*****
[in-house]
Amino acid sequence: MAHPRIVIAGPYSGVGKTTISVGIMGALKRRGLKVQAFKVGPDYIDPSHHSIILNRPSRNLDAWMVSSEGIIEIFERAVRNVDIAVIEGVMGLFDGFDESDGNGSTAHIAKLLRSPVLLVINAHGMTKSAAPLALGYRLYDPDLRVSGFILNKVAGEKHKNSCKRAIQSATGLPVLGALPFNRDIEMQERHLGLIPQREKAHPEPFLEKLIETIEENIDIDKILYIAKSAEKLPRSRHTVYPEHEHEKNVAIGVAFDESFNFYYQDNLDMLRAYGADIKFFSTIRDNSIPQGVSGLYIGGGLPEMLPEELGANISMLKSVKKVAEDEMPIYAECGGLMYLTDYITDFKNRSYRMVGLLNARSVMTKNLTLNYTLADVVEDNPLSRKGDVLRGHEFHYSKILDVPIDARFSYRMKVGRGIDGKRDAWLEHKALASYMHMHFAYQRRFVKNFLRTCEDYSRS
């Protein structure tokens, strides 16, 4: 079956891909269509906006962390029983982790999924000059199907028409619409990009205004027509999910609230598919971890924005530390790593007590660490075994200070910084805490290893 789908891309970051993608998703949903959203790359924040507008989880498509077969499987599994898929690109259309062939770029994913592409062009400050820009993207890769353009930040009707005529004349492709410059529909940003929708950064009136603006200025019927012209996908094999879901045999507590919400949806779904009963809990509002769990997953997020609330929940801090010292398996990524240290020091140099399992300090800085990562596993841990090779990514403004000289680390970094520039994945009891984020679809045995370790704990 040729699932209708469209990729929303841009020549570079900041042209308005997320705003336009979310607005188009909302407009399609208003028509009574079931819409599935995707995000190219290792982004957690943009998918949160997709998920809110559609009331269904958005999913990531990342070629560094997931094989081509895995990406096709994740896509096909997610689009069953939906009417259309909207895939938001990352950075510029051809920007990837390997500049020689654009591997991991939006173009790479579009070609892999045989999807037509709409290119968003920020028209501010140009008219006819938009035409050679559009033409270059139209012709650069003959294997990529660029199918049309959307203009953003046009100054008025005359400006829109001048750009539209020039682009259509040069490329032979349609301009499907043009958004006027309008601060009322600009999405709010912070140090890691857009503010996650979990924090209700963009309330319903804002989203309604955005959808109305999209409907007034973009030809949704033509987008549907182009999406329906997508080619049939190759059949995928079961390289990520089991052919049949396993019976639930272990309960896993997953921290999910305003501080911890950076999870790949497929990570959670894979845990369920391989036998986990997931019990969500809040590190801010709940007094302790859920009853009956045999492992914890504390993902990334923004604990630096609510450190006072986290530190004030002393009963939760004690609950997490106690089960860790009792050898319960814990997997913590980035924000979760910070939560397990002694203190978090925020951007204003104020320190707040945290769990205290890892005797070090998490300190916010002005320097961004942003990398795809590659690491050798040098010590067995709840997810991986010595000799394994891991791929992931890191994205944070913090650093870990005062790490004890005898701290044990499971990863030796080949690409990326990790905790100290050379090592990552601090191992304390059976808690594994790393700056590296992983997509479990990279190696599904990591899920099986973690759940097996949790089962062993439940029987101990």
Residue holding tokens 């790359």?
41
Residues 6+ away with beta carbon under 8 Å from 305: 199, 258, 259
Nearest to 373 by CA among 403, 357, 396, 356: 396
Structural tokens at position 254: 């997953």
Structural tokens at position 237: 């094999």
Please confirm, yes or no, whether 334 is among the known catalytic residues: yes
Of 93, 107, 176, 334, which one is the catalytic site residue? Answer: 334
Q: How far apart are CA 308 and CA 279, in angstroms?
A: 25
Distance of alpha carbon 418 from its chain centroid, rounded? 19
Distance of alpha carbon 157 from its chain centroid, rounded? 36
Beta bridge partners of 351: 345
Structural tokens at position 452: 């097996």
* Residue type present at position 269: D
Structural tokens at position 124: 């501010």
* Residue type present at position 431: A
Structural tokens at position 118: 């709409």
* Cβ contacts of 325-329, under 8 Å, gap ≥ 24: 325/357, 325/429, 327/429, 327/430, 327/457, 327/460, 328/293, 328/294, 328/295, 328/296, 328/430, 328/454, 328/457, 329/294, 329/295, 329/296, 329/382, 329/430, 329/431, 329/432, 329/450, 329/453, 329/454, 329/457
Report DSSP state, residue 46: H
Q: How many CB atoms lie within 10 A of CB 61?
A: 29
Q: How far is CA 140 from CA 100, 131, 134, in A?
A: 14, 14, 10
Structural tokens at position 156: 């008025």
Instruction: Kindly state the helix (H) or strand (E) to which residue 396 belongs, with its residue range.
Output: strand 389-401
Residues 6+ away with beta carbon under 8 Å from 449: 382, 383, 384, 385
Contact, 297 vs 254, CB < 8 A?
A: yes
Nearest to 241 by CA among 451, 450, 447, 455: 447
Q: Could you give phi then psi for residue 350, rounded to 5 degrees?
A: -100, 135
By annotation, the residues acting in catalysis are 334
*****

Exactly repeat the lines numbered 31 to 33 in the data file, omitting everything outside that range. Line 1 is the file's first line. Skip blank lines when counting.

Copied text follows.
Residues 6+ away with beta carbon under 8 Å from 449: 382, 383, 384, 385
Contact, 297 vs 254, CB < 8 A?
A: yes